Another Lot.

The bleak weather and Covid isolation have instrumental in confining all recent posts to garden observations, but that is not a bad thing, it just goes to show what you can find in a garden if you look carefully enough.
With that said here are the latest observations. As noted in the Field Guide to Australian Spiders, spiders in the family Trochanteriidae are difficult to identify. They mostly live in crevices, behind bark flakes or under rocks, so are not often seen. This nice specimen was under loose bark on a Yellow Gum, and it will have to remain anonymous for now.

Yes, another Tamopsis, showing how well it has blended in with its surroundings.

And here is an egg sac.

This Isopedella pessleri was hiding behind loose bark.

The Snowy River Wattle, Acacia boormanii is in full flower and attracting a range of insects including flies from the Lauxaniidae, and shield or stink bugs like this mating pair.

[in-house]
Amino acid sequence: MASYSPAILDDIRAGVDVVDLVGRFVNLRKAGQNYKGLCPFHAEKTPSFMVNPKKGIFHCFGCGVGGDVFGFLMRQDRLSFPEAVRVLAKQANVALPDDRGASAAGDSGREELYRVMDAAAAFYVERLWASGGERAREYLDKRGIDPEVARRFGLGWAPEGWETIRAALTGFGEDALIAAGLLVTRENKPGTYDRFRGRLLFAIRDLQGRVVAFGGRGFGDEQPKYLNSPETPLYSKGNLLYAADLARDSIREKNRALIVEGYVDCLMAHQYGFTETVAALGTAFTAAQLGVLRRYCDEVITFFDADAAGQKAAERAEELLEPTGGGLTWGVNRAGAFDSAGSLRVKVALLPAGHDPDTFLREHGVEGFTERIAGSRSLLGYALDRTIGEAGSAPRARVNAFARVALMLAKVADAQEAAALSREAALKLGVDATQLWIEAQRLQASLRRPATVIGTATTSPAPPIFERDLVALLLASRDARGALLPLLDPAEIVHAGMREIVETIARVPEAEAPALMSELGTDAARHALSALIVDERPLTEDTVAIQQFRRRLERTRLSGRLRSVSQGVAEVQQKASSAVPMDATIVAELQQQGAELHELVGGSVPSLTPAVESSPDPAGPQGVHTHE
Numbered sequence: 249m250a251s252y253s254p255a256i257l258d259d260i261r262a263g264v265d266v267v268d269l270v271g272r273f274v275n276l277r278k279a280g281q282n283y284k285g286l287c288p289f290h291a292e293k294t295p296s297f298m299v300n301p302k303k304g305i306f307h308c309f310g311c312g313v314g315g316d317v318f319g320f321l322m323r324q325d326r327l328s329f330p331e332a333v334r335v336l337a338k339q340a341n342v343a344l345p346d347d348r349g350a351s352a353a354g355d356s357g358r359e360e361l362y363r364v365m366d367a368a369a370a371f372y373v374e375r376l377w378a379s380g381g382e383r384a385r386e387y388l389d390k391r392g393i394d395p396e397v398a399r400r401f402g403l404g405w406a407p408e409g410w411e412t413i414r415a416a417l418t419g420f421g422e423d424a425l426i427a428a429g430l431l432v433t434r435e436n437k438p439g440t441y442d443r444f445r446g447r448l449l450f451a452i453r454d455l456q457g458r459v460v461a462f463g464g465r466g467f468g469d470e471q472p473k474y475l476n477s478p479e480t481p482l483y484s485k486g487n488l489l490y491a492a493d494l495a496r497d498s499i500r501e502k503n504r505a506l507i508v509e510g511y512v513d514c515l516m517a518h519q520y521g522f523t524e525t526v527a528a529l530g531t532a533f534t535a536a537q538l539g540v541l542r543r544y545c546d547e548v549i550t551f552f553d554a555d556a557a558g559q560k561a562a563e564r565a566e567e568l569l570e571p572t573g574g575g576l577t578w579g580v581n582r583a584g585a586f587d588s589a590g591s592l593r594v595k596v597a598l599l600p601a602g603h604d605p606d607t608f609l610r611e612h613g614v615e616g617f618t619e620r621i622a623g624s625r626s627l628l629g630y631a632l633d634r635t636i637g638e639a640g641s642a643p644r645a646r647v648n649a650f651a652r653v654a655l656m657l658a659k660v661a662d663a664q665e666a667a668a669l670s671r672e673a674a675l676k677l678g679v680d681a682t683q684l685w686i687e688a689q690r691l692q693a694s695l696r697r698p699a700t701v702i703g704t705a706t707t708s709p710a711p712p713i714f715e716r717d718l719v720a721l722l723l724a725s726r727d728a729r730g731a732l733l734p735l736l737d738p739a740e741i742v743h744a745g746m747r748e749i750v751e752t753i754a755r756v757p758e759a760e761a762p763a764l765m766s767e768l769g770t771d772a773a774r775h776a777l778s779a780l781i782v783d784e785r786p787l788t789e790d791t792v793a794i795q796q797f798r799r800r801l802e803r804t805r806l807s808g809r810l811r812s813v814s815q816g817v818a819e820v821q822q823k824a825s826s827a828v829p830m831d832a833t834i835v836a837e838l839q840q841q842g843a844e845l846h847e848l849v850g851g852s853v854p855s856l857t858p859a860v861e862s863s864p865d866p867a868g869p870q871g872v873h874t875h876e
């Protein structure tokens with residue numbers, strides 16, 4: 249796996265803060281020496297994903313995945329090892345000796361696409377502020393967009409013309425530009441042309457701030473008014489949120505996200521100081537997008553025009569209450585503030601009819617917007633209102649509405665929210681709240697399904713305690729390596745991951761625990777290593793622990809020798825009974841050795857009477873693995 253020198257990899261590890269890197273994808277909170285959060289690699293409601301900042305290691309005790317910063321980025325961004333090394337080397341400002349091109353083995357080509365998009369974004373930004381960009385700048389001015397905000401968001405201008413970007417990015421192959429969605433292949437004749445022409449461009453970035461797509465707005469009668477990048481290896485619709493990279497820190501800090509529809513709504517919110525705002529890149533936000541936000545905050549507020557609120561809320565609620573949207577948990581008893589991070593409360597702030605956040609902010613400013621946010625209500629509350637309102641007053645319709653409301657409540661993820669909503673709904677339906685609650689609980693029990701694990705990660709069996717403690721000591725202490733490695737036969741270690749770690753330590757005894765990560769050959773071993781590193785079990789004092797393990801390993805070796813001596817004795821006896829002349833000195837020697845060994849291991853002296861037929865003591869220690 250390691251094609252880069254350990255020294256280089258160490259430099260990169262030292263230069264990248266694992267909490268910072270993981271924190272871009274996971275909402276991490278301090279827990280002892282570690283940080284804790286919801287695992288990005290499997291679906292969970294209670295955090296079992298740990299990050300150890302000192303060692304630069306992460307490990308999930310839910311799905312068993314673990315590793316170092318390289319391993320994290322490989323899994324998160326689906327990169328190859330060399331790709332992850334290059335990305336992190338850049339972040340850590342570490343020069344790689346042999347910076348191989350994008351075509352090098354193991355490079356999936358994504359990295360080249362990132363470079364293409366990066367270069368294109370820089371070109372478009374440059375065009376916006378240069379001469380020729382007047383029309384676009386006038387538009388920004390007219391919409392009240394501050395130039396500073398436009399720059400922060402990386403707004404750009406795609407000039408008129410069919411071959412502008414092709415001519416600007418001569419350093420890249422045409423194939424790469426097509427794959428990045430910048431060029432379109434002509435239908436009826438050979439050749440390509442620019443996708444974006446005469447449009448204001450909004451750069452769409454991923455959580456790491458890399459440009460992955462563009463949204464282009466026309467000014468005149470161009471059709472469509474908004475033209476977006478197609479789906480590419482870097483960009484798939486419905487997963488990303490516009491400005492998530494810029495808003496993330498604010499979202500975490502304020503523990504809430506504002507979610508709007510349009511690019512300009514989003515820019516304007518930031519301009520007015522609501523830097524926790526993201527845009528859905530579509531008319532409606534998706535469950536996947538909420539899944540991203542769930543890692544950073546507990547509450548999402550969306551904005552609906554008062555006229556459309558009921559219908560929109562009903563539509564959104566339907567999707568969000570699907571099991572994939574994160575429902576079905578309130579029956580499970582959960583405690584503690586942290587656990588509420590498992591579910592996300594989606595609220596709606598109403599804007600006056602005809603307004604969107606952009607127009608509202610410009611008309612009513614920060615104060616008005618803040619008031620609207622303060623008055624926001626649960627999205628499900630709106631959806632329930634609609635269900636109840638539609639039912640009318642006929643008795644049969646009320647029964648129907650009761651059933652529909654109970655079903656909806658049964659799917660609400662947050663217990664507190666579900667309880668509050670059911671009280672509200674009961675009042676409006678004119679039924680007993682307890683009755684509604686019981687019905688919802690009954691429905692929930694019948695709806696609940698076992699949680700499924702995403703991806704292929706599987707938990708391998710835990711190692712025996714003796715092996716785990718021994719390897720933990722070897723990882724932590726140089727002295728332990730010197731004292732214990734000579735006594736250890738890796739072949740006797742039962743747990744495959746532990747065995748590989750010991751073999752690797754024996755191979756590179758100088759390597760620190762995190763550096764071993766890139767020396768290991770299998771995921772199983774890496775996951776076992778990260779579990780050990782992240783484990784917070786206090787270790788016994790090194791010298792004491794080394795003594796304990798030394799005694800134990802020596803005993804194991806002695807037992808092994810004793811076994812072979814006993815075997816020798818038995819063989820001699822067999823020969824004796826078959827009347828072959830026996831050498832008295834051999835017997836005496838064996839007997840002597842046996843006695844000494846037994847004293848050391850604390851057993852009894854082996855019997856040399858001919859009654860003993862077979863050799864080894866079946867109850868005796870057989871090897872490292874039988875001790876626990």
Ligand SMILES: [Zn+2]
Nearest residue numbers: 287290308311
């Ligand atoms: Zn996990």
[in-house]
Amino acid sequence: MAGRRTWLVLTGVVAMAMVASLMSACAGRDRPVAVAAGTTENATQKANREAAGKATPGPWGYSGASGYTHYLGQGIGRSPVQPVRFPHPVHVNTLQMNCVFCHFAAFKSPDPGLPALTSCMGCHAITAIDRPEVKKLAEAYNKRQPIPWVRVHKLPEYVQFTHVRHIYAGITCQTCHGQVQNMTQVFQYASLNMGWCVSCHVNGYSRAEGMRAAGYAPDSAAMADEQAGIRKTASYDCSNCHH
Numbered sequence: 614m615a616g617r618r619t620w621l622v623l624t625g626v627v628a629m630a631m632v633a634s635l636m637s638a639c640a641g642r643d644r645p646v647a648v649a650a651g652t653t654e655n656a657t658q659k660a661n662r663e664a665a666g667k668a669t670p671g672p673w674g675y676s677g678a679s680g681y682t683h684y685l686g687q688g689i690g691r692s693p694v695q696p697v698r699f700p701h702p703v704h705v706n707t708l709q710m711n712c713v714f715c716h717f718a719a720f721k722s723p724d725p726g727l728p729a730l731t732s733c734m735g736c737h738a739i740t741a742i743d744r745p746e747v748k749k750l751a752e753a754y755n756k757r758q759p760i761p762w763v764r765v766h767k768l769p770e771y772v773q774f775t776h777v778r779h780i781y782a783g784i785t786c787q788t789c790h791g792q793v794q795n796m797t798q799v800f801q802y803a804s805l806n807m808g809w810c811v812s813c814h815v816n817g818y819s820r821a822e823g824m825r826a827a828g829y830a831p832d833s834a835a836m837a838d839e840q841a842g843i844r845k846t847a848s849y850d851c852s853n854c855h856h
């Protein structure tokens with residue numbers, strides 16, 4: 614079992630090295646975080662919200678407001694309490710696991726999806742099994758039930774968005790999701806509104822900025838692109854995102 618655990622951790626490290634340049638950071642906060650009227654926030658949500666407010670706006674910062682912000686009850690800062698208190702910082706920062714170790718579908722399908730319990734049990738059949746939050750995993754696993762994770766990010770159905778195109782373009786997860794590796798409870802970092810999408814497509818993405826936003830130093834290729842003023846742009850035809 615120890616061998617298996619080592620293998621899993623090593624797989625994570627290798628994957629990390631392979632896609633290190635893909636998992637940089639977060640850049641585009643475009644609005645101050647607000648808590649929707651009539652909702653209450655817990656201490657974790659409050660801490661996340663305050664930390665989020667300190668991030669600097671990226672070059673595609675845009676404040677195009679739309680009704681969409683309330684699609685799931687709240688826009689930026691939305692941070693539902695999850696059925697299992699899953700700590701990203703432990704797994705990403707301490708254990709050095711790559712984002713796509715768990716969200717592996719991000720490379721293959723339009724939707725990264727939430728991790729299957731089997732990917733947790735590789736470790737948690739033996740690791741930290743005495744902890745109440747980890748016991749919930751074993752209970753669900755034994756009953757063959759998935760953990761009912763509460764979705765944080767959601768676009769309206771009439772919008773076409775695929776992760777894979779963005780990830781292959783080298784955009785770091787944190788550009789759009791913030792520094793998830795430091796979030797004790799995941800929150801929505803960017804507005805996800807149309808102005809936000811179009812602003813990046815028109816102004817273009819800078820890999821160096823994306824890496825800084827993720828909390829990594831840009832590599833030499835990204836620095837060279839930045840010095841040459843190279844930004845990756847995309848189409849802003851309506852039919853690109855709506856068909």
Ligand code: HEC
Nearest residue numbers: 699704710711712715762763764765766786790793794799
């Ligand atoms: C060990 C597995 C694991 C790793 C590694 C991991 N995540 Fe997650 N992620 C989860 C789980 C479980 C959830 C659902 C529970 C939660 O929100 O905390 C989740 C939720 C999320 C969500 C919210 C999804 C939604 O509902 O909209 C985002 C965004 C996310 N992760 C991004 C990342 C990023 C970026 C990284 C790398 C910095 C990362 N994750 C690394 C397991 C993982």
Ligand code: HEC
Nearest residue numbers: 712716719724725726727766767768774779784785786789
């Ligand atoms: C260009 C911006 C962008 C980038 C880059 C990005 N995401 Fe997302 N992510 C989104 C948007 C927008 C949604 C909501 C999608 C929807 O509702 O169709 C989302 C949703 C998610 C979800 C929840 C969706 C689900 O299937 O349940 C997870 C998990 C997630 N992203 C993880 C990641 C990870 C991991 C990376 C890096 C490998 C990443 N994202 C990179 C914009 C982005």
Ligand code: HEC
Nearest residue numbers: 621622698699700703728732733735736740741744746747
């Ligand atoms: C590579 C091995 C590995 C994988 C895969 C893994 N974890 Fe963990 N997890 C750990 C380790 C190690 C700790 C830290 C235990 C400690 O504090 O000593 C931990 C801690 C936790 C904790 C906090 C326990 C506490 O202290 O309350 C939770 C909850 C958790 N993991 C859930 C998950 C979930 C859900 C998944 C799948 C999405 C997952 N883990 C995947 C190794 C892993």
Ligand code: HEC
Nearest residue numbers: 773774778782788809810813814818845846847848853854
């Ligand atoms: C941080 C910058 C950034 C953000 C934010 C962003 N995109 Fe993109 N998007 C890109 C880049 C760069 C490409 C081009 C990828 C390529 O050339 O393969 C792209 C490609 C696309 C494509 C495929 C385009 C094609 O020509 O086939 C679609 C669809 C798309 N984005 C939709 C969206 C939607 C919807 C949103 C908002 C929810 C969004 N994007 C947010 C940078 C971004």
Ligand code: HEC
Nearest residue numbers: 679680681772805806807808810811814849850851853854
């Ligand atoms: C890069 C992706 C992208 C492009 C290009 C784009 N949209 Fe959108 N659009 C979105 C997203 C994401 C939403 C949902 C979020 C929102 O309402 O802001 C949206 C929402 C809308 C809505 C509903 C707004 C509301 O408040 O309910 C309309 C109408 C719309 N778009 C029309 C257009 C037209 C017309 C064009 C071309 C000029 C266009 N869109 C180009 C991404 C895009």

Entomophthora is a fungal genus parasitic on flies, and has been found in the garden for the first time, with many dead flies still clinging to the tree trunks.

Most images will enlarge.

More from the garden.

Two new records from the latest wanders around the gardens. The first was a very small fly spotted on a fence and photographed in case it might be interesting, and it certainly was when viewed on the monitor. It is a signal fly in the genus Rivellia.

Number two with its eight legs was found under a loose flake of bark on an Angophora costata. It is a mite from the family Erythraeidae, genus Rainbowia, named after the arachnologist William Rainbow.

And, despite the very cool weather as winter hangs on, this Opisthoncus species of jumping spider was out and about, albeit close to its retreat of two agapanthus leaves silked together. As mentioned before, these plants in a neighbour’s garden have proved to be popular habitat for several species of jumper. Although a little unsure of the looming camera which caused it to move inside its home, this individual soon gained confidence and re-emerged to pose, untroubled by the photography.

Horizontal shots will enlarge.